The actors' union pushing for collective contracts for actors in New Zealand says it is "disappointed" in Sir Peter Jackson's refusal to negotiate terms and conditions for Hobbit actors.

It warns the stalemate - where international actors reportedly including A-listers like Sir Ian McKellen and Cate Blanchett had been urged not to sign up to the film - will continue.

"Until the production gets in a room and starts negotiation, (the International Federation of Actors) have advised members not to hold and not to sign non-union contracts. It's completely in the hands of the production company to end this, all we want is a meeting," NZ Actors Equity organiser Frances Walsh told NZPA.

Through a spokesman, Sir Peter said he could not meet with the union, as any negotiations would impact on all New Zealand producers, "and that can't happen".

The spokesman, Matthew Dravitzki, said the union needed to negotiate with New Zealand's Screen and Development Association, SPADA, over its demands for collective bargaining on New Zealand films.

Ms Walsh said the union had been trying to negotiate a standard industry contract with SPADA for 18 months, to replace current non-binding guidelines for actors, but SPADA had refused, offering only to renegotiate the guidelines.

"Performers don't want to renegotiate guidelines... these guidelines have been in place for years and over the past 10 years, performers terms and conditions have degraded and degenerated. There is no force in a guideline."

SPADA's chief executive Penelope Borland said the association was trying to reach the union to find a way forward over the Hobbit movie, after Sir Peter said he could not enter such discussions, but had not yet been successful.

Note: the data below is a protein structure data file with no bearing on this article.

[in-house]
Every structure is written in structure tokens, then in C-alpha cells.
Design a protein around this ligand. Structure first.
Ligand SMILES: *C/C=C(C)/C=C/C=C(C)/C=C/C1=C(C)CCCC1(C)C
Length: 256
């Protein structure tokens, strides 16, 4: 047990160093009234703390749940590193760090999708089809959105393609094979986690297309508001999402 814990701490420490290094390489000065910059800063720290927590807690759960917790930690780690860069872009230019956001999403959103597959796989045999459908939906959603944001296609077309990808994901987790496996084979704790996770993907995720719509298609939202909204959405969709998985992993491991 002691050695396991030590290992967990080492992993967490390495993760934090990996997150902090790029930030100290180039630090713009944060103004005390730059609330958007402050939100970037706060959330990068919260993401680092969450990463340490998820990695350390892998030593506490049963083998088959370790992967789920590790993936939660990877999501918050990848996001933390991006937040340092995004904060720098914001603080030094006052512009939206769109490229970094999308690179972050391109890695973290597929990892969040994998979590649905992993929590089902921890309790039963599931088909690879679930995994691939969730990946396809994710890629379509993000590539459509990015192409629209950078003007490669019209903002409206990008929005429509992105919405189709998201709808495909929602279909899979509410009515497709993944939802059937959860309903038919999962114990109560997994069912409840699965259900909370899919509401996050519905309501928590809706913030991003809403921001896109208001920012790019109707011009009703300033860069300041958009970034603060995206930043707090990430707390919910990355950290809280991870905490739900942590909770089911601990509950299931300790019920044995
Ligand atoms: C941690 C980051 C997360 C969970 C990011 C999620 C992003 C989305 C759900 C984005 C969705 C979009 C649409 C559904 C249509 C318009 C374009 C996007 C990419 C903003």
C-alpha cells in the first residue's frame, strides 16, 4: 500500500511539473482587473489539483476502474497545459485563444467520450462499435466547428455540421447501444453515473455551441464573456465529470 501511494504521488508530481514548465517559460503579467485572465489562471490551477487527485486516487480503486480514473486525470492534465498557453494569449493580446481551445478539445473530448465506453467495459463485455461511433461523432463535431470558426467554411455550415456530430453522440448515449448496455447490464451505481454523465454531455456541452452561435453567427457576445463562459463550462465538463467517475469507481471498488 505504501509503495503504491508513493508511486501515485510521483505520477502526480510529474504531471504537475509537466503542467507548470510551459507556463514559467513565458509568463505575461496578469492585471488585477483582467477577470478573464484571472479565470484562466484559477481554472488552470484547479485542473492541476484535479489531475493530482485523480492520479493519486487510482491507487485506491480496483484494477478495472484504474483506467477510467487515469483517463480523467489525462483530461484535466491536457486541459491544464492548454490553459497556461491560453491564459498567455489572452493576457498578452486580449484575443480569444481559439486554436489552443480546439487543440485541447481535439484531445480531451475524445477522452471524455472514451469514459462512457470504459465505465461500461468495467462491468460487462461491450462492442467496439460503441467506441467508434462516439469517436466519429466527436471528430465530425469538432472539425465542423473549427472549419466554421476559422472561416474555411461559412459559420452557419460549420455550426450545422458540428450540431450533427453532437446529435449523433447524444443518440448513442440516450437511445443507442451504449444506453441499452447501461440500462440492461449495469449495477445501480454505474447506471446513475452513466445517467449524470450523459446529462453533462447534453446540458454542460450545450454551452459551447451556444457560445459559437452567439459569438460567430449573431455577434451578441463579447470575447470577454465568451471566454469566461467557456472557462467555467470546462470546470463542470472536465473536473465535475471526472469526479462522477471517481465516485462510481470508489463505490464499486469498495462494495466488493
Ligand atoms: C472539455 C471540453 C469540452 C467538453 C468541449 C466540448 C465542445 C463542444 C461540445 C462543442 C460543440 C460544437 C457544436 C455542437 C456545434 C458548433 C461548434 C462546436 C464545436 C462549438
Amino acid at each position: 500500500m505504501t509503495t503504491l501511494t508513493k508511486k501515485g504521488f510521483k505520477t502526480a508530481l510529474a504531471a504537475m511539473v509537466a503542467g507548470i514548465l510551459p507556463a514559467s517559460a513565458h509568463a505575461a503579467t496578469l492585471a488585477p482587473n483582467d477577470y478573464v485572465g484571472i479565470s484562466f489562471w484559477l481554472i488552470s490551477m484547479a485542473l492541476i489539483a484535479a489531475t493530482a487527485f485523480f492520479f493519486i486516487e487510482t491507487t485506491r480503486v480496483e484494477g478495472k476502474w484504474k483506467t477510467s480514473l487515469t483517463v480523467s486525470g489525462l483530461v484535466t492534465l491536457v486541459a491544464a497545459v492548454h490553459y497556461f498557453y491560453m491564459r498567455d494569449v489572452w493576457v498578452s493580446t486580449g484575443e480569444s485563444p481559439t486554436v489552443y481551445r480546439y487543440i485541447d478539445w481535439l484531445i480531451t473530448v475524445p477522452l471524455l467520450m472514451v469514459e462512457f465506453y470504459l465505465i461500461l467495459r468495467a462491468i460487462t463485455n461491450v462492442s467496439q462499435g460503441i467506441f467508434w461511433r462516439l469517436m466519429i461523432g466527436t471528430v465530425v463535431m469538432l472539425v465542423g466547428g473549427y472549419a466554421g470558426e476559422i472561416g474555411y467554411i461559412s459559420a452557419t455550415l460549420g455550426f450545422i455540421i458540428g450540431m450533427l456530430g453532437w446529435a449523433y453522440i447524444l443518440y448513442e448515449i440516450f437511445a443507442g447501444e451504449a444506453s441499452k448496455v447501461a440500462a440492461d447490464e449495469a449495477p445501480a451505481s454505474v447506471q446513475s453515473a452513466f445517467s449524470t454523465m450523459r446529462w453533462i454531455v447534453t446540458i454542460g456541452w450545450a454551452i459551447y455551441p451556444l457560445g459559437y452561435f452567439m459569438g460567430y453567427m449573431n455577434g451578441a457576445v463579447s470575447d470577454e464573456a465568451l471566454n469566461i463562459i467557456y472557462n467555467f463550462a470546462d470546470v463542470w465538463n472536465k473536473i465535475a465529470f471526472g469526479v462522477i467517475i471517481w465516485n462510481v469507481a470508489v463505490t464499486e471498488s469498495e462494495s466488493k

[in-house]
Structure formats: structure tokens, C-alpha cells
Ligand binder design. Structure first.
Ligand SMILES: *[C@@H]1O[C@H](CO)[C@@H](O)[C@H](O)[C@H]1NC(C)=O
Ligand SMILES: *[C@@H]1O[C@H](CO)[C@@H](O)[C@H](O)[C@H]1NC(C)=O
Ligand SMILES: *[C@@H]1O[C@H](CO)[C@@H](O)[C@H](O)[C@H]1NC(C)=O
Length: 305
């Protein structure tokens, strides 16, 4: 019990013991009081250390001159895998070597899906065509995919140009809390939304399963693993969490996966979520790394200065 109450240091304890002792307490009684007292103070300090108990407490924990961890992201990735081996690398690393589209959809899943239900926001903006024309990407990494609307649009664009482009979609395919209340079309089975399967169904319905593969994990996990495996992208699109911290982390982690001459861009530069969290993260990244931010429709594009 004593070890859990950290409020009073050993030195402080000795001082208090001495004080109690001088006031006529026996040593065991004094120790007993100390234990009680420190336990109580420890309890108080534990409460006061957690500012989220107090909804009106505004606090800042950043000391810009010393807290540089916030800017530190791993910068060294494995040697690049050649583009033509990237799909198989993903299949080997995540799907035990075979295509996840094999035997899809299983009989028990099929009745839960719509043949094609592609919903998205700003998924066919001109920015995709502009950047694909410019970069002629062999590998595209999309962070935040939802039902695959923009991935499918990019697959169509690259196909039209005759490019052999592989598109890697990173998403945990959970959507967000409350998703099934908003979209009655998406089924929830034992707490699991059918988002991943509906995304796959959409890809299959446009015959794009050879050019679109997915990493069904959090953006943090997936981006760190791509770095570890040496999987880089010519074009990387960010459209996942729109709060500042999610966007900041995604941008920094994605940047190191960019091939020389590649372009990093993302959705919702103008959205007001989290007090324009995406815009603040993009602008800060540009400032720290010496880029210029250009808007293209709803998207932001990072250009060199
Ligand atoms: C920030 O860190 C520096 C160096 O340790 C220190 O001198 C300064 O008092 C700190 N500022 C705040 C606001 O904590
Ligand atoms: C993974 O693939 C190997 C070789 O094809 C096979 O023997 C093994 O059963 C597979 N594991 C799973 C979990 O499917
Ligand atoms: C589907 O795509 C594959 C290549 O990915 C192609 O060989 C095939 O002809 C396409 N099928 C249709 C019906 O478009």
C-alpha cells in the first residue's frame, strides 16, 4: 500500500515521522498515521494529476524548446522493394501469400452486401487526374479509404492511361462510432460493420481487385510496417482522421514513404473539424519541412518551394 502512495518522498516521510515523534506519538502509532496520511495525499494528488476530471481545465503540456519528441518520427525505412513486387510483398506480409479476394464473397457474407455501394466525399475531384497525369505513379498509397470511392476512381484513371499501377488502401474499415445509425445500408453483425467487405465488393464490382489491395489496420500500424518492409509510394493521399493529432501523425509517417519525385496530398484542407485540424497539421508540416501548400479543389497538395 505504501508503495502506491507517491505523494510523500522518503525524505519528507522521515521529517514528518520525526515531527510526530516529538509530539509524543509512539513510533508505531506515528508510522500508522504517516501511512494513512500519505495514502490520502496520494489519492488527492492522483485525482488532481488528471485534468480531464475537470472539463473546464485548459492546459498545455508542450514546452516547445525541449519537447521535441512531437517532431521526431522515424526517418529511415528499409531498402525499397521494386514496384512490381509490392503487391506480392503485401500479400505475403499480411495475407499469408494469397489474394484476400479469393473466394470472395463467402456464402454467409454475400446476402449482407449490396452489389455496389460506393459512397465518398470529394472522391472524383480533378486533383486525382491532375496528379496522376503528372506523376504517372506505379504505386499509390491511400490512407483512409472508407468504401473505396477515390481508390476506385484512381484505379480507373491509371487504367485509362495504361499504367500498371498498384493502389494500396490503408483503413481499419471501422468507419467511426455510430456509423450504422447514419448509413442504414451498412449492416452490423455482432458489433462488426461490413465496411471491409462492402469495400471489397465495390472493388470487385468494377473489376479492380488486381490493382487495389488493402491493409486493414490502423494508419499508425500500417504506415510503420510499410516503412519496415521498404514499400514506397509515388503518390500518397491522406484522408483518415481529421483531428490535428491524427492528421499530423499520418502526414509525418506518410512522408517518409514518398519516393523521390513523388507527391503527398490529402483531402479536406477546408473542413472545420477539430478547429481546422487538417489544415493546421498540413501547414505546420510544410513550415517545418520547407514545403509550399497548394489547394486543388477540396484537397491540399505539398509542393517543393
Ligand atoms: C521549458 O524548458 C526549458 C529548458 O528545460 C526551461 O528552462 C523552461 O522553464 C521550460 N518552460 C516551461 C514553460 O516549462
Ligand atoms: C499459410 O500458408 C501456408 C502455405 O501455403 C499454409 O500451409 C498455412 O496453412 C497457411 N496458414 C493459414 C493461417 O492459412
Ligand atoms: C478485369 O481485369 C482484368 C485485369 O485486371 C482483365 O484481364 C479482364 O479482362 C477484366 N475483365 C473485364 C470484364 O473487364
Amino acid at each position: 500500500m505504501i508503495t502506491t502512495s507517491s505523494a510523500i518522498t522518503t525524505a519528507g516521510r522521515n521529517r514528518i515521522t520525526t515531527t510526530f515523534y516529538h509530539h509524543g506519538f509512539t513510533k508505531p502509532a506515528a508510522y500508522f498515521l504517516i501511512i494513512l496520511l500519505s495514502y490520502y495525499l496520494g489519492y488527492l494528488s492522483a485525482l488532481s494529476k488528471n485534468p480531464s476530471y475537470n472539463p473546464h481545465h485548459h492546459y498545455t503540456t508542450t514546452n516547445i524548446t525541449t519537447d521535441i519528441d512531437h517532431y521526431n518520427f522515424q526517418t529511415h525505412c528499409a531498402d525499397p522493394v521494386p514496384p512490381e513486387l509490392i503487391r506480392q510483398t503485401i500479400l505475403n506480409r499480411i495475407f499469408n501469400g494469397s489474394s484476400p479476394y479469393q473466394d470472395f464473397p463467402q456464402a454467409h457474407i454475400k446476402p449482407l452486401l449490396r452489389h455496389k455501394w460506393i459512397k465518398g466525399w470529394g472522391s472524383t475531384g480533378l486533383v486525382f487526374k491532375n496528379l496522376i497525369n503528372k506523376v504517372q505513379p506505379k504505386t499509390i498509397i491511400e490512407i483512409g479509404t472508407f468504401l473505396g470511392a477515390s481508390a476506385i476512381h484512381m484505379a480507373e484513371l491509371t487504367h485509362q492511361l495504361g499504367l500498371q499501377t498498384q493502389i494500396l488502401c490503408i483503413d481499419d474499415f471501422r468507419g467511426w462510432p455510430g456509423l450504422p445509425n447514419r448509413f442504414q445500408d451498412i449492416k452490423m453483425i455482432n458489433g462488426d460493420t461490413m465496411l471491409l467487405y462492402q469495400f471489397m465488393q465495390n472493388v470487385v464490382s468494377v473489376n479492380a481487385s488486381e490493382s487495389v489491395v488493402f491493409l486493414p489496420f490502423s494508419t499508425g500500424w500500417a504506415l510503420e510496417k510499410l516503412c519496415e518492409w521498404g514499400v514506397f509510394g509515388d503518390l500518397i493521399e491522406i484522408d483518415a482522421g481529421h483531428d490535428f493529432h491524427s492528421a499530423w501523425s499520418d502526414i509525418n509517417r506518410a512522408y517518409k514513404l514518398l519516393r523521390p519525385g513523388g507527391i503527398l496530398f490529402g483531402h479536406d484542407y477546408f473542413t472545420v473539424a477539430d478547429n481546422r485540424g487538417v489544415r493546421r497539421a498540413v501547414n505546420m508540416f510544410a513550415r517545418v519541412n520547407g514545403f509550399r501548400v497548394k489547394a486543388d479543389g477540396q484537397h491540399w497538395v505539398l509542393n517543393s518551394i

"We are trying to... a lot of people were trying to contact them last night and this morning but couldn't.

"We've been making an effort to find a way forward on this, and talking to Wingnut about it."

However, she said a collective agreement was illegal in New Zealand.

"We're very willing to enter into open discussions but we cannot - as you've seen from the legal opinon - agree to enter into negotiations for a collective agreement."

The Commerce Act prevents independent contractors from collective bargaining, which would be considered price-fixing.

However, she had offered to meet on a "non-agenda" basis.

She said the most recent advice from Wingnut Film's lawyer Stephens Law disputed the union's claims that there were legal ways of representing actors collectively, saying its suggestions were "artificial" and "unworkable".

Ms Walsh said she was "disappointed" by Sir Peter's response, after he warned the film may move offshore.

"This talk of 'oh my God, these outrageous demands', they don't know any of our demands, because we haven't got in the room with them."

Many of the issues the union were seeking to negotiate related to basic conditions such as accommodation, smoking, nudity, credits and not just pay

"We can only say, hey, what we'd like on this production is a fair suck of the sav. We would like to negotiate with you fair terms and conditions for the engagement of New Zealand performers on the Hobbit."

Brownlee tells union to sort it out

Meanwhile, Economic Development Minister Gerry Brownlee has told the actors union to get the dispute with the Hobbit producers sorted, and quickly.

Mr Brownlee spoke to the union and reminded them the importance of the film industry to our economy. He said he didn't understand why the union wants the rules changed when actors receive significant tax breaks by working as contractors rather than employees.

"I can't work out why an organisation that's meant to promote work for their members is involved in an activity that could see a lot of that work dry up," he told Newstalk ZB.

He wants the dispute sorted quickly and understands the union are prepared to talk, although he admits he feels powerless to do anything about the situation.

"The production money comes from offshore and those who put the money up will make their own choices about where they work," he said.

Mr Brownlee is also furious an Australian union appears to be taking the lead in the dispute - he wants it dealt with by Kiwis.

- NZPA, Newstalk ZB